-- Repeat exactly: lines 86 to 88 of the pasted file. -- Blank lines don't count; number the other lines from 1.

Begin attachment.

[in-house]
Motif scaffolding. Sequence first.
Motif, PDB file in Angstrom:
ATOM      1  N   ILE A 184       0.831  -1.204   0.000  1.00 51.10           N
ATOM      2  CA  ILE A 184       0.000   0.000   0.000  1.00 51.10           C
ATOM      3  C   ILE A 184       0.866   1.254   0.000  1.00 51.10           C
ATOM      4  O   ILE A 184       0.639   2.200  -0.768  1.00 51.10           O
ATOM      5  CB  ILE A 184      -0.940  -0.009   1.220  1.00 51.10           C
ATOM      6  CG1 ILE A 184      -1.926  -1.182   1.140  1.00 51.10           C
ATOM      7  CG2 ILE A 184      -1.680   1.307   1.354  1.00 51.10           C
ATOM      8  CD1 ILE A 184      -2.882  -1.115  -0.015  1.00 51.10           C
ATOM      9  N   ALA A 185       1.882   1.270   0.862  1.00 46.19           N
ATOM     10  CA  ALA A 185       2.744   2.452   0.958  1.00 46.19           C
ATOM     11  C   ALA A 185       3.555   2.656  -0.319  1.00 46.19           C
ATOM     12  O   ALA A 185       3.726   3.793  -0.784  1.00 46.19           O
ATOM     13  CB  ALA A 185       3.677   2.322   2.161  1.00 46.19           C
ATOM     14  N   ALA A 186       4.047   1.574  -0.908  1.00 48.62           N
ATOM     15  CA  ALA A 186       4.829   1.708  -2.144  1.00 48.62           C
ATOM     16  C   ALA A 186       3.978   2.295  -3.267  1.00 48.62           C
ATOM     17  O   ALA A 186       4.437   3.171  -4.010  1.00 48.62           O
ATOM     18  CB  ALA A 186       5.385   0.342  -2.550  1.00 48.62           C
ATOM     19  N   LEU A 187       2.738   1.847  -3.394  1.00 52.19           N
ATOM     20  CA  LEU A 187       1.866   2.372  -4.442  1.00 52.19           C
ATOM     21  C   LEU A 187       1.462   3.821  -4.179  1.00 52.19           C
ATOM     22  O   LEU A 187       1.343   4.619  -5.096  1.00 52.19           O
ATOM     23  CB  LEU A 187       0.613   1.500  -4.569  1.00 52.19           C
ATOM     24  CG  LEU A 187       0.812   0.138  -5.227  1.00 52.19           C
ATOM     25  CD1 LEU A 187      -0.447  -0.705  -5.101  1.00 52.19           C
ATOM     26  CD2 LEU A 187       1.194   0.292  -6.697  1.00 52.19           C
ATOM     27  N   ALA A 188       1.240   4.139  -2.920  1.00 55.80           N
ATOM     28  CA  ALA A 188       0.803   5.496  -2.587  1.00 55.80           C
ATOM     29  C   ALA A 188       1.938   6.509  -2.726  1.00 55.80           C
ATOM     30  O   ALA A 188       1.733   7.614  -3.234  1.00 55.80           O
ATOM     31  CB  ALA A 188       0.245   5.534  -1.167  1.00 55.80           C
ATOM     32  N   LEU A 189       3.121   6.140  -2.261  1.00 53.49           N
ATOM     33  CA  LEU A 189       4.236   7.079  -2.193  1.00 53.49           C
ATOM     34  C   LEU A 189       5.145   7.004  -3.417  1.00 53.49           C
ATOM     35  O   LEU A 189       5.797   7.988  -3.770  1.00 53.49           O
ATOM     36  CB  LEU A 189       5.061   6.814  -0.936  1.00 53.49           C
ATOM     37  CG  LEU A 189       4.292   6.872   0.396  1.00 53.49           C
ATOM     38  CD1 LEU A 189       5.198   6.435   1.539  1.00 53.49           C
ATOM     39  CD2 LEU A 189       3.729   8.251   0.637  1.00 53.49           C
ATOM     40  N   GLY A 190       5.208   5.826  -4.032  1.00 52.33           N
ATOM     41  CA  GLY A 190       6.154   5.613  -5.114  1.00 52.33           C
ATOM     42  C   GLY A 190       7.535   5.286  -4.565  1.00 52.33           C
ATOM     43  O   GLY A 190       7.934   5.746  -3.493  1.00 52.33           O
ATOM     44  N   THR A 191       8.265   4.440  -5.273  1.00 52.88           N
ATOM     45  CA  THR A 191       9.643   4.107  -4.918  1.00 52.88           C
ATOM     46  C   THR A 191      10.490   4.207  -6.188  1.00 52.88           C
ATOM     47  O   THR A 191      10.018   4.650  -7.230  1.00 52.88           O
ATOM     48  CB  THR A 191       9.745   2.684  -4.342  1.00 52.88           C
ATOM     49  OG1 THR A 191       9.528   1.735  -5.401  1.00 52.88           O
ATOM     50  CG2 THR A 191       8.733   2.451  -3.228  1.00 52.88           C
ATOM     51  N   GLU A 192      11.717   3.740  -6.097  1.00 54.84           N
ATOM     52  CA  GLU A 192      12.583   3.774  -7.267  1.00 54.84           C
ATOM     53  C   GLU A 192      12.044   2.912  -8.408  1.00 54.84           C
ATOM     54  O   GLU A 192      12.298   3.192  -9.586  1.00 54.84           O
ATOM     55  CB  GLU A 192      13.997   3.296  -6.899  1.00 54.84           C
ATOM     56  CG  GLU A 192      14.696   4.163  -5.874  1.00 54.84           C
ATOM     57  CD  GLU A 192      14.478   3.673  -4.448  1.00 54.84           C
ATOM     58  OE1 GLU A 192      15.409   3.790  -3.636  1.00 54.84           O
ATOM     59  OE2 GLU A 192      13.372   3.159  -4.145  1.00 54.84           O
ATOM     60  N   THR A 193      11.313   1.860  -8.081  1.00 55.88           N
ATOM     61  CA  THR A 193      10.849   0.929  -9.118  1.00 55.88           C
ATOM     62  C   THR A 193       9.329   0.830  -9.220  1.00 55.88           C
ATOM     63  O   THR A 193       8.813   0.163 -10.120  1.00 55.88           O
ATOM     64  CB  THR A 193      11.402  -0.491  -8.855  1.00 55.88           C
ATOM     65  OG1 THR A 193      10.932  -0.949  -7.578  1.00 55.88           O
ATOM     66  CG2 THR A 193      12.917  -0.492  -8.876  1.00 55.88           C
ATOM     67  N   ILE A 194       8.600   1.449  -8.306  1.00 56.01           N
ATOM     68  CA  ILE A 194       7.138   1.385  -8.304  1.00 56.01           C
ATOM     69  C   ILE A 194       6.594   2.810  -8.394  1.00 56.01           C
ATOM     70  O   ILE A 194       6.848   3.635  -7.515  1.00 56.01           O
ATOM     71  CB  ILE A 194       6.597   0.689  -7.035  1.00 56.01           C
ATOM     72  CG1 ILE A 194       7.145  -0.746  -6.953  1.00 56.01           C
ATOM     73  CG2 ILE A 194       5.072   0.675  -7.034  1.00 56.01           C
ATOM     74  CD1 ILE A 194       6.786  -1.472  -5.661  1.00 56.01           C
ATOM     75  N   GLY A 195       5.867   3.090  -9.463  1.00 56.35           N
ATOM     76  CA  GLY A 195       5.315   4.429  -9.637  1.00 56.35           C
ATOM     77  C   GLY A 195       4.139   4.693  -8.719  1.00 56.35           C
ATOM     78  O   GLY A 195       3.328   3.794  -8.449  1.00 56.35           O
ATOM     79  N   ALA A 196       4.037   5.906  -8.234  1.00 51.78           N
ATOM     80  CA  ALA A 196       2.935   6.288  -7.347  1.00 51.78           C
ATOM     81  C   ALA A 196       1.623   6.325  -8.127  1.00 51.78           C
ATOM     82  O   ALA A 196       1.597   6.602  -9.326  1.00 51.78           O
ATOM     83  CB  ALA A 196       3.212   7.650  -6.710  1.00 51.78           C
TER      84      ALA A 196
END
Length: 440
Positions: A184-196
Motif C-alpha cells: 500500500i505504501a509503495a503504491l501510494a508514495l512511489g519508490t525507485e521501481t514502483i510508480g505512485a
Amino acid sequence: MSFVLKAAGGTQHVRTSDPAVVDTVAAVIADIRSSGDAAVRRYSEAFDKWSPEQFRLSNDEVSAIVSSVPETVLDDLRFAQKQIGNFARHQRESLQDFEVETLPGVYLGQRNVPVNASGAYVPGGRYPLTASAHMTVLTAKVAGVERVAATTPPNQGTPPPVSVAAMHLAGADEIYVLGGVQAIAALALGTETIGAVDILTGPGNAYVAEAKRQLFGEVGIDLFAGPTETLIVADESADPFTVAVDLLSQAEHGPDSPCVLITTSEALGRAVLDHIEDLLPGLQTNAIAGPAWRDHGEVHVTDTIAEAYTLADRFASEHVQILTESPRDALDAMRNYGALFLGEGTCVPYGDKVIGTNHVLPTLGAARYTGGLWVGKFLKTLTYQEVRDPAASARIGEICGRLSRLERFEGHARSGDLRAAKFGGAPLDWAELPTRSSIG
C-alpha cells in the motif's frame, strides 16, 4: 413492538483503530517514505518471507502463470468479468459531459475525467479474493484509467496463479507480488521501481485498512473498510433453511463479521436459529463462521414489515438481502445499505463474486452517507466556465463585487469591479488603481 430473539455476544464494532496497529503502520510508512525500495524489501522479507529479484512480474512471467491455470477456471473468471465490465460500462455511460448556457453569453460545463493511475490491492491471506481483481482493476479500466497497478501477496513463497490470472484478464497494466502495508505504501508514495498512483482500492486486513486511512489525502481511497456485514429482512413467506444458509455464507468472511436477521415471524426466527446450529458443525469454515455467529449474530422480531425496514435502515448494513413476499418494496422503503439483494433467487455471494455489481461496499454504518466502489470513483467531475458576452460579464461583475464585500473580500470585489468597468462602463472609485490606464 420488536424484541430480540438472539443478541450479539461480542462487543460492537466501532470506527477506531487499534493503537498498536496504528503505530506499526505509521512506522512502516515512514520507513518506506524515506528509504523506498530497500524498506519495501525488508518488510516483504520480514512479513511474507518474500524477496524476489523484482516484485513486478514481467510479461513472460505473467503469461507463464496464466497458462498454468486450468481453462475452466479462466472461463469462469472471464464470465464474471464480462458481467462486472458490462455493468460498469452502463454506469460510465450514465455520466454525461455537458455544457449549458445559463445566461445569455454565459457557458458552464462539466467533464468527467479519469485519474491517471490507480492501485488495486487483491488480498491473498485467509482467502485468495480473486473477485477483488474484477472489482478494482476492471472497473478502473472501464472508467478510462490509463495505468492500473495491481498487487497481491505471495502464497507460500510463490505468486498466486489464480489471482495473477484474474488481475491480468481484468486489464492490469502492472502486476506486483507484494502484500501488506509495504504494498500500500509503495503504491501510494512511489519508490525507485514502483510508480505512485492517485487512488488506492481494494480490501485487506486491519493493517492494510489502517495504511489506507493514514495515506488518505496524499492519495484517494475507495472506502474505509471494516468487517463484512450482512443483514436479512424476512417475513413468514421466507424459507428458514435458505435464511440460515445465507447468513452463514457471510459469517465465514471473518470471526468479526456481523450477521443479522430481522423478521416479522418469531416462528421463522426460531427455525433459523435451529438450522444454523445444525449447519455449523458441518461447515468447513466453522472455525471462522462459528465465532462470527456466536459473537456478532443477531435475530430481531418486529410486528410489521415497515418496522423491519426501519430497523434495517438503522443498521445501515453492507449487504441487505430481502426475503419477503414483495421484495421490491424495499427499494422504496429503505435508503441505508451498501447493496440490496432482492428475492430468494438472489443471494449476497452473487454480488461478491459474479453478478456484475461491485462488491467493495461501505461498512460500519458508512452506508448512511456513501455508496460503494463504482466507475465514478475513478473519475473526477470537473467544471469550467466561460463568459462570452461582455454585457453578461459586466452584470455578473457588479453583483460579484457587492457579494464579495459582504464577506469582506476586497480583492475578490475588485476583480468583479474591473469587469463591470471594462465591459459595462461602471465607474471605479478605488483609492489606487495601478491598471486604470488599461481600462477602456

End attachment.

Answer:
ATOM     83  CB  ALA A 196       3.212   7.650  -6.710  1.00 51.78           C
TER      84      ALA A 196
END